Light Columns is a physical manifestation of one of the 72 final Color Space drawings, installed in Minoru Yamaski’s One Woodward Avenue, Detroit. Columns are made with cheap painter’s plastic, sealed with a clothes iron, and inflated with a leaf blower. Fluorescent spray-paint augments light and creates a dense foliage of color architecture. By using low-fi techniques to achieve hi-fi effect, the mundane is transformed towards new and highly saturated ends.
The montage wall of drawings emulates patterns, advertisements, and photographs to constitute a digital world where all levels of complexity are augmented to create an immersive space. As discursive works, the drawings are explorations of representation and organization. Images are situated in the environments of Google Maps, OSX, Photoshop, etc., and constructed with brushes, gradients, and mundane digital artifacts.
A collection of drawings constructed for Thom Moran and Meredith Miller, used for their IDEAS CITY 2015 submission. From Thom's website: "..These camp-like, childhood constructions create states of exception where secrets can be told, dares can be enacted and parents are not allowed. As urban but no less consequential, communication typologies of children. The blankets are actually metal inflatables: heavy gauge aluminum foil held together with super strong tape (3M VHB) and inflated with a bike pump.."
The previous set of digital illustrations (Brad Carrigan, Alien) developed an aesthetic sensibility for Sublime Tetrapool. The arena includes inhabitable objects and surprising water features with an abstract scale informed by model figures. Each found object features a slight formal manipulation to form a composition that seeks hi-fi effect through lo-fi technique. Mundane building materials (rigid foam, pvc piping, and glass panes) are transformed into art-object through painting, cutting and pasting.
Situated in Chicago’s Federal Center, Dreaaam imagines an empty plaza, devoid of Mies Van Der Rohe’s Loop Station Post Office. Megalithic heads guide visitors onto a suspended glass surface to access a cavernous pool and elevated view of the city. A fluorescent gradient emulates a horizon for those above and colored shade for those underneath. A glass ramp reveals a surreal reflective terrain that can be accessed through conditioned space below.
Dreaaam is an extension of Chicago’s sculptural landscape and a simultaneous homage to the contemporary internet aesthetic. Gradients become a space-making device, and fluorescent paint augments sunlight to an RGB color space. Human features echo Jaume Plensa’s recent Millenium Park installations but are approachable as sculpture while penetrable as architecture.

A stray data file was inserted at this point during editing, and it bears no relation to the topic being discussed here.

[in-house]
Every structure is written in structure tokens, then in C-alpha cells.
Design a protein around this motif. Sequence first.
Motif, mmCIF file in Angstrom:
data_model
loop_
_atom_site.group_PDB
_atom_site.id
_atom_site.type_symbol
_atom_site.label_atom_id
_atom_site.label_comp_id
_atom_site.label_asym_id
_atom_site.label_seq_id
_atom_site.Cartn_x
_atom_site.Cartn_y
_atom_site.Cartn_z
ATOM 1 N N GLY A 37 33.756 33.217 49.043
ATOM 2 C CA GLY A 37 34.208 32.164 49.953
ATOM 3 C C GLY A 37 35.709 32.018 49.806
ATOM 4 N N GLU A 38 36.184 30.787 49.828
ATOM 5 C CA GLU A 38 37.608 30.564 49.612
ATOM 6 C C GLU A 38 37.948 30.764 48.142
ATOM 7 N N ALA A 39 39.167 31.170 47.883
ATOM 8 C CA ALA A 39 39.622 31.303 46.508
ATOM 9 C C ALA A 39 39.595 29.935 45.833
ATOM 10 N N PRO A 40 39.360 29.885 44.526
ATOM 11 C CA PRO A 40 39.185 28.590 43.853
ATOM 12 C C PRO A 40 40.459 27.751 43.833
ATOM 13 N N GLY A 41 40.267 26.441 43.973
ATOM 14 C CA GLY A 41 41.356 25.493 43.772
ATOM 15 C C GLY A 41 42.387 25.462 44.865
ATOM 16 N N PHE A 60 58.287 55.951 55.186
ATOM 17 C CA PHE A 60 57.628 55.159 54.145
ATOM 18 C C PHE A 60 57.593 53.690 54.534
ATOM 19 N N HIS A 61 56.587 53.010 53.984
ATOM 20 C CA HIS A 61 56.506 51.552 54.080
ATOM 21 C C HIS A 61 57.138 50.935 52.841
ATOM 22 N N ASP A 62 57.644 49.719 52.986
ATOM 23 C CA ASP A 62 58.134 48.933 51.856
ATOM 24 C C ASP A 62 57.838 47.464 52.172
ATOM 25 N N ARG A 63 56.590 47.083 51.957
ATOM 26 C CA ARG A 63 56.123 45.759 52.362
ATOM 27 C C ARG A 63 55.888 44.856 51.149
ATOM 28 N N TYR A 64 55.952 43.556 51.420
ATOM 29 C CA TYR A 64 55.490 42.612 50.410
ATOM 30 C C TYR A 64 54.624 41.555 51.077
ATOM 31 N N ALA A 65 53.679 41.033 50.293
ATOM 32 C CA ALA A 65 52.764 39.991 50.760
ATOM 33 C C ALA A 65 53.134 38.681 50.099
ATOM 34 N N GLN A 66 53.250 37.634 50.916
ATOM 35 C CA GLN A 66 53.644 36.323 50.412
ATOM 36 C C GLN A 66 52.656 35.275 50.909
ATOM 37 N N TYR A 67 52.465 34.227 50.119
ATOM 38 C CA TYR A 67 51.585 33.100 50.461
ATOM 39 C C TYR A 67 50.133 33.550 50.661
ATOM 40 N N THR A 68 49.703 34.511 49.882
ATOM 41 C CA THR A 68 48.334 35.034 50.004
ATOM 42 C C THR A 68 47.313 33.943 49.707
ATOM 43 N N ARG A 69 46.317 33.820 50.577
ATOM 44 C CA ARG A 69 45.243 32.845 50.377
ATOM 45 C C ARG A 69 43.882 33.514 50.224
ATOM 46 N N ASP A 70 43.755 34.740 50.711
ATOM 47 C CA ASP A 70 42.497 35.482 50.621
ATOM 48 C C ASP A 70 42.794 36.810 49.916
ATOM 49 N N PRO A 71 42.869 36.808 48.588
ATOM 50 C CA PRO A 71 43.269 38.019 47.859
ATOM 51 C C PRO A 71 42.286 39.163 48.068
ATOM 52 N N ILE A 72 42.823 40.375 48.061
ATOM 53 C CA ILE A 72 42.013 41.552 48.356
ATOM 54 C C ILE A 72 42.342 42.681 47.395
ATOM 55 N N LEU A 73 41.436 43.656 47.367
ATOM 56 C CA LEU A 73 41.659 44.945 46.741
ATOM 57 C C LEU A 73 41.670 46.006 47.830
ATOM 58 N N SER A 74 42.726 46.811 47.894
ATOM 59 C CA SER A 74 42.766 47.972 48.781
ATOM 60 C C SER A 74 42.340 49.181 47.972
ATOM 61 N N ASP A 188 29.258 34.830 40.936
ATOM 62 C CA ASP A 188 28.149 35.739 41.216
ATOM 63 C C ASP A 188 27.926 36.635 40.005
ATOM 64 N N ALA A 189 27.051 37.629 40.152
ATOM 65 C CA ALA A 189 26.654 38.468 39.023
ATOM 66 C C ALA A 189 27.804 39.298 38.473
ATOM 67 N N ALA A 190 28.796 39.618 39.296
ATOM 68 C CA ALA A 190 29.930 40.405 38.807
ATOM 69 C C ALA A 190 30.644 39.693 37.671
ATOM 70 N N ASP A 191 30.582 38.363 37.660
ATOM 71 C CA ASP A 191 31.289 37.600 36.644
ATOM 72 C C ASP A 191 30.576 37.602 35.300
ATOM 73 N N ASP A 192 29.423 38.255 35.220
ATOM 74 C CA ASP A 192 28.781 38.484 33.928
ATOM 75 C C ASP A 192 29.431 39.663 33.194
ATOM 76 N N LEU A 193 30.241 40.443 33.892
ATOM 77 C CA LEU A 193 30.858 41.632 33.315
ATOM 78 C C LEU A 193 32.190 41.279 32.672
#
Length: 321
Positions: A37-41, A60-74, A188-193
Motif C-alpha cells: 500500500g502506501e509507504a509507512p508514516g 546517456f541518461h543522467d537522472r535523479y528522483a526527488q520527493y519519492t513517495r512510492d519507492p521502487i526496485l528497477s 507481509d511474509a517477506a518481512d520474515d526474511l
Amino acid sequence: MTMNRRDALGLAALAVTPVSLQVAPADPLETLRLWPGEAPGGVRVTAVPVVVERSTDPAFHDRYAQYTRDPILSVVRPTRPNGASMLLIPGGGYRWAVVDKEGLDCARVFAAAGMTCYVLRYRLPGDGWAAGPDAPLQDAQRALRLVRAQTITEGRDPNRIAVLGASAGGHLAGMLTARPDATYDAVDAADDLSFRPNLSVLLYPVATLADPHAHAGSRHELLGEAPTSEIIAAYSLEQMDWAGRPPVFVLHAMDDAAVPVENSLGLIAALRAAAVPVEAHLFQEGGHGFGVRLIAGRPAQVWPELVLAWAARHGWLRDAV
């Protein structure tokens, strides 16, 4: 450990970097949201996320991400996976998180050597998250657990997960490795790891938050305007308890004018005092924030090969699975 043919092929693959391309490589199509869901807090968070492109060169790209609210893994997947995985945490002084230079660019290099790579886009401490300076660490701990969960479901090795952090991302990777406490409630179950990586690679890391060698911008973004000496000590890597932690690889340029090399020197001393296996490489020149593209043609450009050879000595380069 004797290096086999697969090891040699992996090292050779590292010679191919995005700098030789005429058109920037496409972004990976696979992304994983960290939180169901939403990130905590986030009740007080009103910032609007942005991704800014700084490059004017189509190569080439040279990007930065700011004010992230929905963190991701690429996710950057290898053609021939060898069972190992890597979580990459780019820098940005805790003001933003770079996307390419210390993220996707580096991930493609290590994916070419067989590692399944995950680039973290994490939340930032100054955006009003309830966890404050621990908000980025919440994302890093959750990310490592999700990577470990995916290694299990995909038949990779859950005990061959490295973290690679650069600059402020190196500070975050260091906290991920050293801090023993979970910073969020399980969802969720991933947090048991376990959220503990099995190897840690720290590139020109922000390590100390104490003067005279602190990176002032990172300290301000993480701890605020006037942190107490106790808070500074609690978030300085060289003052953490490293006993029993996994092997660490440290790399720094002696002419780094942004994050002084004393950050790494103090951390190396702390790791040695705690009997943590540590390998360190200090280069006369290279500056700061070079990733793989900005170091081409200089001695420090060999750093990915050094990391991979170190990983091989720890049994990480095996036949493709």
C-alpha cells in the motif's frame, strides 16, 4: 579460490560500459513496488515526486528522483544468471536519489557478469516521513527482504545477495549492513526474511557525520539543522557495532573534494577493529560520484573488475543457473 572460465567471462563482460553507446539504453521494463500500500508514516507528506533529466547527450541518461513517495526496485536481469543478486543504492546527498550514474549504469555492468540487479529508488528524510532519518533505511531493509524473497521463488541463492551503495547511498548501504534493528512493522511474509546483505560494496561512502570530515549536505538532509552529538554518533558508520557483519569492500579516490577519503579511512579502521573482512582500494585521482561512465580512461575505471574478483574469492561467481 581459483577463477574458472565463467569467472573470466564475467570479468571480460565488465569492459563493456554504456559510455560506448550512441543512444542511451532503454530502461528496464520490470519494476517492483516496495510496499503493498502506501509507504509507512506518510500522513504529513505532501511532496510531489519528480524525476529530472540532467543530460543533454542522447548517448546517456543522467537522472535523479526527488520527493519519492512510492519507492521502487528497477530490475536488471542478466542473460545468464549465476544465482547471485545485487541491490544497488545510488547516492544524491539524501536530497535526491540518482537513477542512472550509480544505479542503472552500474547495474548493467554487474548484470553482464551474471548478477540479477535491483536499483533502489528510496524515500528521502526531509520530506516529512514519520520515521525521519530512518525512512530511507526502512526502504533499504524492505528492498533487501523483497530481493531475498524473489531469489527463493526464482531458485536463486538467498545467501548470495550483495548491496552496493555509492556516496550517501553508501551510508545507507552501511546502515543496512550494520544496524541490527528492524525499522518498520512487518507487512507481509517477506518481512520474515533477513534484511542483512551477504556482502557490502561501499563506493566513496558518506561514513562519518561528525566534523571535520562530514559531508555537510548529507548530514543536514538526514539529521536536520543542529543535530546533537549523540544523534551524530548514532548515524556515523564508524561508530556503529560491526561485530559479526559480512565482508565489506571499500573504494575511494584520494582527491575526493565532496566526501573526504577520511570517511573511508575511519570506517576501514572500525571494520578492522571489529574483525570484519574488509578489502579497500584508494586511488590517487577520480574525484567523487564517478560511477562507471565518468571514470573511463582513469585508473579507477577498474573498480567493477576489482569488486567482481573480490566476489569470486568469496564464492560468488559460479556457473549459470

As a discursive object in the realm of architecture school, the model unearths the potential of mundane construction materials. Lo-fi processes yield hi-fi returns. The top of a pink insulation sheet is scratched and spray-painted to create an iridescent surface. A gradient of silver spray-paint dissipates to reveal a sparkling aluminum topography.
Brad Carrigan, Alien
Our studio was prompted to read a short story by George Saunders, and depict the narrative through non-conventional forms of architectural representation. This drawing set is in response to "Brad Carrigan, American," a surreal narrative about a character trapped in a constantly changing television show. Scenes were crafted in Rhino, plastered with bit-mapped photographs and collaged in Photoshop.
Stage design for TEDxUofM, 2014. Inexpensive 1"x 1" wooden members are constructed as cubes, held with zip-ties. They form a wave-like mountain that seems to move in relation to the viewer. When bathed in shifting blue lights, the red cubes pop out against the grain of the natural stained members. This was created during a hectic time in the semester, so the product was an efficient use of time and material; it was a subtle piece among striking performances. In collaboration with Nick Tilma, Taylor Ross, and Claire Jaffe.
Smart Shell utilizes the space of circulation as a means of conserving energy in a residential home. It is a compact structure that implements the strategy of a double exterior wall. The entire living space is wrapped in a corridor that acts as an additional layer of insulation between two exterior walls, creating an additional buffer to the outside air. In order to maintain a comfortable temperature, thick walls of concrete and rigid insulation form an airtight seal with large tripleglazed windows. The space trapped between the two exterior walls is designed to maximize solar heat gain in order to passively heat this space. Heat gained from this design strategy acts as an extra layer of insulation from the unconditioned outside air, as well as a primary heat supply for the active heat pump system. This is implemented and contained within the double wall. In collaboration with Landon Carpenter and James Waxter.